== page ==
Verbal Encouragement Techniques:
If your child does use vocalizations then you can encourage them to become more verbal by imitating the sounds that they make. If the child grunts, you grunt. If they babble nonsense, try to repeat it exactly the way they said it. That helps the child to clue in that people pay attention to the noises he or she makes and encourages them to pay attention to the sounds that other people are making. Our speech therapist said that she only drew the line at repeating a farting noise that the child made.
To help them to distinguish sounds and words, you can exaggerate your voice, using singsong or very dramatic techniques. When you listen or watch children’s programming, the actors are very animated, bouncing around, waving their arms and exaggerating their voices. This makes it easier for the child to pick out the individual sounds rather than having everything blur together into the background. Watching children’s shows can give you some good ideas on how to get your child’s attention. Low budget shows can be particularly useful because they have to rely on getting the child’s attention with the actor rather than fancy special effects. It’s also important to use simple, clear language. Use one or two word sentences to communicate. Rather than ask “Do you want milk?”, just ask “Milk?” so that your child isn’t struggling to pick out the crucial word.
Another way to encourage verbal skills is to fill in the blank. Repeat a phrase that the child knows well, from a TV show or book or nursery rhyme, but leave out the last word. The natural inclination is to fill it in. Eg: Jack and Jill went up the _____. I’m willing to bet that even as you were reading it, your mind said “hill” rather than leaving it blank. I’ve even had adults automatically fill in the blank when using this technique with my son. I had a friend over who was sitting with my son and I at bedtime while we read “Brown Bear, Brown Bear”, one of his favourites. I read “Brown Bear, Brown Bear, what do you-” and stopped for my son to fill in the last word. My friend immediately chimed in “See!” and we both had to laugh. If your child isn’t filling in the blank, you should do it and then prompt them to imitate you. You can use this technique with videos and TV as well. By pausing a favourite show or clip, the child can be encouraged to finish off the line or scene.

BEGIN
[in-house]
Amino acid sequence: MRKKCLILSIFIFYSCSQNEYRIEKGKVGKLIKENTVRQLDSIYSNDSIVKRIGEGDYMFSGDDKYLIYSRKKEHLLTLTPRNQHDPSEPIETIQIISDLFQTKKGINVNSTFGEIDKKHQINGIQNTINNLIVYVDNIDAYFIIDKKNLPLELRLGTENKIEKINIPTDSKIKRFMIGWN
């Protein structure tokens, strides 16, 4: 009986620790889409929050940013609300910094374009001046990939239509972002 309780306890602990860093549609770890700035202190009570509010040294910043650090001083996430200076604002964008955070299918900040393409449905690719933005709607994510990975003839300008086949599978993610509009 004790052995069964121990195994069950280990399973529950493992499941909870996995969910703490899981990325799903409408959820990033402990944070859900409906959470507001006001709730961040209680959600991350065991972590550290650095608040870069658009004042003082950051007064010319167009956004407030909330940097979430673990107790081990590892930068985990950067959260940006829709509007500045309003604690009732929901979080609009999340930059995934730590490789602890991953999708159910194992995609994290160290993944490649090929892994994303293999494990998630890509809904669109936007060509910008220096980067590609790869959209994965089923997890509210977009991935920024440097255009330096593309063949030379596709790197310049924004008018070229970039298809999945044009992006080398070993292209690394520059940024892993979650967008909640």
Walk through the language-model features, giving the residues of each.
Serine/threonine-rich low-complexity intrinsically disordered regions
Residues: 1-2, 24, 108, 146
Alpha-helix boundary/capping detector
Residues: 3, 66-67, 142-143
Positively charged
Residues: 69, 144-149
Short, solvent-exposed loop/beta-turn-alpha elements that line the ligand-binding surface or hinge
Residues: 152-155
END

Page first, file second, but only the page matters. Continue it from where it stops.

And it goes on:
If your child is more verbal, you can encourage them to expand the words they do use by using a “plus-one” technique. That’s where you add one more word to the sentences that your child uses and encourage him or her to imitate you. So if your child asks “Cookie?” then you encourage them to say “Want cookie.” As soon as they do, give them what they’ve asked for (within 1-3 seconds). If you really want to encourage their verbal skills, don’t worry about healthy eating or meal schedules. There will be plenty of time to get those things back on track once your child’s verbal skills are more firmly established. You can keep building on the sentence until you’ve got something that’s appropriate and grammatically correct.
Eg: Child says: Goal:Cookie? Want cookie.
Want cookie. I want cookie.
I want cookie. I want a cookie.
I want a cookie. I want a cookie, please.
The goal is to get your child to ask for things clearly and appropriately so that anyone can understand him or her. It opens up a whole new world for the child. Realizing that you can ask for what you want makes the world into a much less frustrating and scary place. If you’re finding yourself getting frustrated, imagine how frightening it would be to be in a world where you never understood what was happening to you or how to ask other people for things you wanted or needed. That can be how your child is feeling if he or she can’t communicate.
A more advanced communication technique is called scripting. That’s where you write out what your child should say. Obviously, the child has to have a fairly firm ability to communicate already and the ability to read, although it can be done with verbal prompts. This is more about teaching the child appropriate language to use in various situations.
We’ve been trying to get our son to greet people appropriately when he’s out and about in the world. He’s very good at telling people “Good-bye”, especially if he’s eager to leave. But he doesn’t seem to like saying “Hello” when he arrives. Our speech therapist recommended writing out “Good Morning” on a card and showing it to him to encourage him to say it. It’s worked very well, getting him into the habit of saying “Good Morning” to the teachers and children when he goes to school. We’re starting to fade out the prompt, only using the card if he doesn’t automatically respond to a greeting.
You can create scripts for any number of situations. This may seem artificial, but we do use scripts in everyday life. When you meet someone, unless you’re very close friends, your conversation will likely go like this:
Person 1: Hello.Person 2: Hello. How are you?
Person 1: I’m fine. How are you?
Person 2: I’m fine.
That’s a script and it’s one we’re all familiar with. By writing out your child’s half of the conversation, you can make it easier for him or her to concentrate on the interaction rather than the words. Some people with autism have been known to have difficulty retrieving the appropriate words, the same way we all do sometimes when we have a word just on the tip of our tongue. By using a script, that frees up more of the person’s concentration to focus on the actual conversation.